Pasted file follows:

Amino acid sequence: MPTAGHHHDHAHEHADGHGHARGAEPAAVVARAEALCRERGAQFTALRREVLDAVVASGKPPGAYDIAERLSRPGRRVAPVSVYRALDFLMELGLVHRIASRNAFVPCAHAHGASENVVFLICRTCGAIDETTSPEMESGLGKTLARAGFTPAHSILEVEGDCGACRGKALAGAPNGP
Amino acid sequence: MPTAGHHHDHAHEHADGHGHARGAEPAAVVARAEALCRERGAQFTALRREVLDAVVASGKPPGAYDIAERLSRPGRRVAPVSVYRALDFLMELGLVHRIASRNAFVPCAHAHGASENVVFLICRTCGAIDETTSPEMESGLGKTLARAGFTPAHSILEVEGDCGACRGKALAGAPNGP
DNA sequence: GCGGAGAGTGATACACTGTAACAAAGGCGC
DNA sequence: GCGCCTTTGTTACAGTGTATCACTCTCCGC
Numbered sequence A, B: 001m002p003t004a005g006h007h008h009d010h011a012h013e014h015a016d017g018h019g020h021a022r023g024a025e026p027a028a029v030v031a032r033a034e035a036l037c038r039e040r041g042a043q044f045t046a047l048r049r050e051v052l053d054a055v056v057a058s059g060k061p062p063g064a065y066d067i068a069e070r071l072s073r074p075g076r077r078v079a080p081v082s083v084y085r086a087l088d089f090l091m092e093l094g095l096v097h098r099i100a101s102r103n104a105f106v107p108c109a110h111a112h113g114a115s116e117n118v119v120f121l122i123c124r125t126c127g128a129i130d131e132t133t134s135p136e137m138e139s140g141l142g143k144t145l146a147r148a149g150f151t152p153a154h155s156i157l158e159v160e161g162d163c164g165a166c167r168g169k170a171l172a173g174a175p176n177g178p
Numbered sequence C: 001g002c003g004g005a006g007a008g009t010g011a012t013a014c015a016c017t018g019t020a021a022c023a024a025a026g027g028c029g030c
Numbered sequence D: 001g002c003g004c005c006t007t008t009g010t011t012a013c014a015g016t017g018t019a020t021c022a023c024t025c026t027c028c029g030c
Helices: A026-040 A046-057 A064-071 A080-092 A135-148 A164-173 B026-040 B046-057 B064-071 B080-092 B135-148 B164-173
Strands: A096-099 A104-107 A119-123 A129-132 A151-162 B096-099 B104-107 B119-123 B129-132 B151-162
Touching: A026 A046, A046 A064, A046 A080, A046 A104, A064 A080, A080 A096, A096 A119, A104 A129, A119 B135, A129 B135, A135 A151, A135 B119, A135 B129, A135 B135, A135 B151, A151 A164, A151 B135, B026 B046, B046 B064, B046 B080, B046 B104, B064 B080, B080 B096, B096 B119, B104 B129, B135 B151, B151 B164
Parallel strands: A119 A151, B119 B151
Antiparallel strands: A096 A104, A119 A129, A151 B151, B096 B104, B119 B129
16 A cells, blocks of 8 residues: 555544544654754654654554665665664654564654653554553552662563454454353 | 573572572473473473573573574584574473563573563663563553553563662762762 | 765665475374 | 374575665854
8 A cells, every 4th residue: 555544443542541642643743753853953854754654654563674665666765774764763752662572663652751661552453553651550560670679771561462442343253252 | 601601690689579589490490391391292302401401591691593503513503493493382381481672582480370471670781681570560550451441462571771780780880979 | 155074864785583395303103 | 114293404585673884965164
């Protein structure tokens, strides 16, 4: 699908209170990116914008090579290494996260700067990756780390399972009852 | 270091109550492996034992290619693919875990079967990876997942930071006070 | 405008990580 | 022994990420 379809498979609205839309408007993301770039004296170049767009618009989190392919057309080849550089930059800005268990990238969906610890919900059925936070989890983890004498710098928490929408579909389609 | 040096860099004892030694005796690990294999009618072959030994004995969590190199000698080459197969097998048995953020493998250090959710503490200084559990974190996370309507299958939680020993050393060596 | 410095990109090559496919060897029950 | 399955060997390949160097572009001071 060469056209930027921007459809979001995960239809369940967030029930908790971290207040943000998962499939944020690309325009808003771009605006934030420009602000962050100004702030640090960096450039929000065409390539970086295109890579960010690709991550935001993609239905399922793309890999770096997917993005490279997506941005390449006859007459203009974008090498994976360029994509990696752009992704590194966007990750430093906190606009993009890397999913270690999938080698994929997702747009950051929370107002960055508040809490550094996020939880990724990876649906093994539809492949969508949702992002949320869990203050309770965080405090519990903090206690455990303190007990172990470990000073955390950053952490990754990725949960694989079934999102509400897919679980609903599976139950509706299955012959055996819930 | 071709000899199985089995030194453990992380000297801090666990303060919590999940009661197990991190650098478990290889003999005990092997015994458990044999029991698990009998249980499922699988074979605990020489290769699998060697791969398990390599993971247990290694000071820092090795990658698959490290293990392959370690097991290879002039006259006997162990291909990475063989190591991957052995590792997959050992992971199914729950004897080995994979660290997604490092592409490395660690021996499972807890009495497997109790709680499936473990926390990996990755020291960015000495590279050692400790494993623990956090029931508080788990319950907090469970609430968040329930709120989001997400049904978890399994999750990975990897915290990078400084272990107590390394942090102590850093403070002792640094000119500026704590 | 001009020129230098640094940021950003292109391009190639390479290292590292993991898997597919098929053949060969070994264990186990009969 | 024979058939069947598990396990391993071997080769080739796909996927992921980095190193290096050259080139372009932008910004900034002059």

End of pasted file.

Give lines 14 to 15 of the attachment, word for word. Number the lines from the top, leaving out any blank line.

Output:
8 A cells, every 4th residue: 555544443542541642643743753853953854754654654563674665666765774764763752662572663652751661552453553651550560670679771561462442343253252 | 601601690689579589490490391391292302401401591691593503513503493493382381481672582480370471670781681570560550451441462571771780780880979 | 155074864785583395303103 | 114293404585673884965164
């Protein structure tokens, strides 16, 4: 699908209170990116914008090579290494996260700067990756780390399972009852 | 270091109550492996034992290619693919875990079967990876997942930071006070 | 405008990580 | 022994990420 379809498979609205839309408007993301770039004296170049767009618009989190392919057309080849550089930059800005268990990238969906610890919900059925936070989890983890004498710098928490929408579909389609 | 040096860099004892030694005796690990294999009618072959030994004995969590190199000698080459197969097998048995953020493998250090959710503490200084559990974190996370309507299958939680020993050393060596 | 410095990109090559496919060897029950 | 399955060997390949160097572009001071 060469056209930027921007459809979001995960239809369940967030029930908790971290207040943000998962499939944020690309325009808003771009605006934030420009602000962050100004702030640090960096450039929000065409390539970086295109890579960010690709991550935001993609239905399922793309890999770096997917993005490279997506941005390449006859007459203009974008090498994976360029994509990696752009992704590194966007990750430093906190606009993009890397999913270690999938080698994929997702747009950051929370107002960055508040809490550094996020939880990724990876649906093994539809492949969508949702992002949320869990203050309770965080405090519990903090206690455990303190007990172990470990000073955390950053952490990754990725949960694989079934999102509400897919679980609903599976139950509706299955012959055996819930 | 071709000899199985089995030194453990992380000297801090666990303060919590999940009661197990991190650098478990290889003999005990092997015994458990044999029991698990009998249980499922699988074979605990020489290769699998060697791969398990390599993971247990290694000071820092090795990658698959490290293990392959370690097991290879002039006259006997162990291909990475063989190591991957052995590792997959050992992971199914729950004897080995994979660290997604490092592409490395660690021996499972807890009495497997109790709680499936473990926390990996990755020291960015000495590279050692400790494993623990956090029931508080788990319950907090469970609430968040329930709120989001997400049904978890399994999750990975990897915290990078400084272990107590390394942090102590850093403070002792640094000119500026704590 | 001009020129230098640094940021950003292109391009190639390479290292590292993991898997597919098929053949060969070994264990186990009969 | 024979058939069947598990396990391993071997080769080739796909996927992921980095190193290096050259080139372009932008910004900034002059």